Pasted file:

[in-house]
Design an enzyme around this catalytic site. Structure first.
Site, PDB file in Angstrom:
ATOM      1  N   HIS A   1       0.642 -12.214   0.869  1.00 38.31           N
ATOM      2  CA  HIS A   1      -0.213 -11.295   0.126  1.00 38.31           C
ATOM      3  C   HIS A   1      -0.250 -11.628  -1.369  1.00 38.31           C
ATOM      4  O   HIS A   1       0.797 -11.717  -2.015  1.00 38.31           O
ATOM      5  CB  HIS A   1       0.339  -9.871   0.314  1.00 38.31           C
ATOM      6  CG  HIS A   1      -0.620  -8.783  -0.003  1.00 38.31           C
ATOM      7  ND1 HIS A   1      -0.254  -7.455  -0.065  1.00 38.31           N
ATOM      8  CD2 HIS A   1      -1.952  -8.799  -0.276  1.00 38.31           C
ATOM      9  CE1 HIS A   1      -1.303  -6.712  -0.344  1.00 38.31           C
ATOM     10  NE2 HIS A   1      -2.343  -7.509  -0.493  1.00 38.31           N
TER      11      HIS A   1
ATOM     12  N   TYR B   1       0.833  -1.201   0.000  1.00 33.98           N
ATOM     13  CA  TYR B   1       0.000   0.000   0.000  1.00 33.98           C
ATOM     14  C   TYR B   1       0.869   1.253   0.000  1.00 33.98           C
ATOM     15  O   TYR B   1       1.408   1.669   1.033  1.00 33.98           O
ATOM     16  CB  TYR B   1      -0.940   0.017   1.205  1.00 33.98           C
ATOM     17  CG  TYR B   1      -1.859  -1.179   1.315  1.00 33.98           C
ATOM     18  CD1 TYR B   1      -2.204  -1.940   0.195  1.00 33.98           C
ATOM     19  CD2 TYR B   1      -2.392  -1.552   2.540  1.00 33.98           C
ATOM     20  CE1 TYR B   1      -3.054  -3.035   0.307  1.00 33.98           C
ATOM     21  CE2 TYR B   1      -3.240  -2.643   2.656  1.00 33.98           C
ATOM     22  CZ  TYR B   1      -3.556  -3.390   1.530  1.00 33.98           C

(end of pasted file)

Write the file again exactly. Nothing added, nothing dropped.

[in-house]
Design an enzyme around this catalytic site. Structure first.
Site, PDB file in Angstrom:
ATOM      1  N   HIS A   1       0.642 -12.214   0.869  1.00 38.31           N
ATOM      2  CA  HIS A   1      -0.213 -11.295   0.126  1.00 38.31           C
ATOM      3  C   HIS A   1      -0.250 -11.628  -1.369  1.00 38.31           C
ATOM      4  O   HIS A   1       0.797 -11.717  -2.015  1.00 38.31           O
ATOM      5  CB  HIS A   1       0.339  -9.871   0.314  1.00 38.31           C
ATOM      6  CG  HIS A   1      -0.620  -8.783  -0.003  1.00 38.31           C
ATOM      7  ND1 HIS A   1      -0.254  -7.455  -0.065  1.00 38.31           N
ATOM      8  CD2 HIS A   1      -1.952  -8.799  -0.276  1.00 38.31           C
ATOM      9  CE1 HIS A   1      -1.303  -6.712  -0.344  1.00 38.31           C
ATOM     10  NE2 HIS A   1      -2.343  -7.509  -0.493  1.00 38.31           N
TER      11      HIS A   1
ATOM     12  N   TYR B   1       0.833  -1.201   0.000  1.00 33.98           N
ATOM     13  CA  TYR B   1       0.000   0.000   0.000  1.00 33.98           C
ATOM     14  C   TYR B   1       0.869   1.253   0.000  1.00 33.98           C
ATOM     15  O   TYR B   1       1.408   1.669   1.033  1.00 33.98           O
ATOM     16  CB  TYR B   1      -0.940   0.017   1.205  1.00 33.98           C
ATOM     17  CG  TYR B   1      -1.859  -1.179   1.315  1.00 33.98           C
ATOM     18  CD1 TYR B   1      -2.204  -1.940   0.195  1.00 33.98           C
ATOM     19  CD2 TYR B   1      -2.392  -1.552   2.540  1.00 33.98           C
ATOM     20  CE1 TYR B   1      -3.054  -3.035   0.307  1.00 33.98           C
ATOM     21  CE2 TYR B   1      -3.240  -2.643   2.656  1.00 33.98           C
ATOM     22  CZ  TYR B   1      -3.556  -3.390   1.530  1.00 33.98           C